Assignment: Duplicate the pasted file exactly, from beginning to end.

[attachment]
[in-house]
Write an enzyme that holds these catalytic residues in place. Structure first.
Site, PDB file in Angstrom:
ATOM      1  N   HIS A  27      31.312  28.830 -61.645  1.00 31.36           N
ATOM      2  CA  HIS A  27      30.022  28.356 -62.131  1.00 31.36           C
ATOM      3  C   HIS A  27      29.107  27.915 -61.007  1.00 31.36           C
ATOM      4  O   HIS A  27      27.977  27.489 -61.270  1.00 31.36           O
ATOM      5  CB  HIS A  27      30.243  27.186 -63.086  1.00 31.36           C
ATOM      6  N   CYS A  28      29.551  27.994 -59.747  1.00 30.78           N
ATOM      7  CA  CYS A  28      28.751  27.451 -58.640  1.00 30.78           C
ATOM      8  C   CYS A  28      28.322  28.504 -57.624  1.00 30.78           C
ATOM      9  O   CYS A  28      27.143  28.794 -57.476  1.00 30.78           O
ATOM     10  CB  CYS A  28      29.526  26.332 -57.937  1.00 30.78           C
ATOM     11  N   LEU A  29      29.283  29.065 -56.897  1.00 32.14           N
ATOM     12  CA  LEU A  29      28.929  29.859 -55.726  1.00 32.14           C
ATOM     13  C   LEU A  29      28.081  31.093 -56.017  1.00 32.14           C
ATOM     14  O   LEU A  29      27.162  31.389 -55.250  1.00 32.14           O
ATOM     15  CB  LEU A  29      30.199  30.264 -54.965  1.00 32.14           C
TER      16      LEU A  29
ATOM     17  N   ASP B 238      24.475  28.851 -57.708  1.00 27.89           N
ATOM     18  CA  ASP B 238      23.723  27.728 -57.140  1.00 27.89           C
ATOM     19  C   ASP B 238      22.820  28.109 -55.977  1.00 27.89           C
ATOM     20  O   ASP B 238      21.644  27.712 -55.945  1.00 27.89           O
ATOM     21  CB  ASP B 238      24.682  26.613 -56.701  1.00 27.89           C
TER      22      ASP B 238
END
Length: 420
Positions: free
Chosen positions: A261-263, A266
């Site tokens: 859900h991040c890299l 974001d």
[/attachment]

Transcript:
[in-house]
Write an enzyme that holds these catalytic residues in place. Structure first.
Site, PDB file in Angstrom:
ATOM      1  N   HIS A  27      31.312  28.830 -61.645  1.00 31.36           N
ATOM      2  CA  HIS A  27      30.022  28.356 -62.131  1.00 31.36           C
ATOM      3  C   HIS A  27      29.107  27.915 -61.007  1.00 31.36           C
ATOM      4  O   HIS A  27      27.977  27.489 -61.270  1.00 31.36           O
ATOM      5  CB  HIS A  27      30.243  27.186 -63.086  1.00 31.36           C
ATOM      6  N   CYS A  28      29.551  27.994 -59.747  1.00 30.78           N
ATOM      7  CA  CYS A  28      28.751  27.451 -58.640  1.00 30.78           C
ATOM      8  C   CYS A  28      28.322  28.504 -57.624  1.00 30.78           C
ATOM      9  O   CYS A  28      27.143  28.794 -57.476  1.00 30.78           O
ATOM     10  CB  CYS A  28      29.526  26.332 -57.937  1.00 30.78           C
ATOM     11  N   LEU A  29      29.283  29.065 -56.897  1.00 32.14           N
ATOM     12  CA  LEU A  29      28.929  29.859 -55.726  1.00 32.14           C
ATOM     13  C   LEU A  29      28.081  31.093 -56.017  1.00 32.14           C
ATOM     14  O   LEU A  29      27.162  31.389 -55.250  1.00 32.14           O
ATOM     15  CB  LEU A  29      30.199  30.264 -54.965  1.00 32.14           C
TER      16      LEU A  29
ATOM     17  N   ASP B 238      24.475  28.851 -57.708  1.00 27.89           N
ATOM     18  CA  ASP B 238      23.723  27.728 -57.140  1.00 27.89           C
ATOM     19  C   ASP B 238      22.820  28.109 -55.977  1.00 27.89           C
ATOM     20  O   ASP B 238      21.644  27.712 -55.945  1.00 27.89           O
ATOM     21  CB  ASP B 238      24.682  26.613 -56.701  1.00 27.89           C
TER      22      ASP B 238
END
Length: 420
Positions: free
Chosen positions: A261-263, A266
């Site tokens: 859900h991040c890299l 974001d």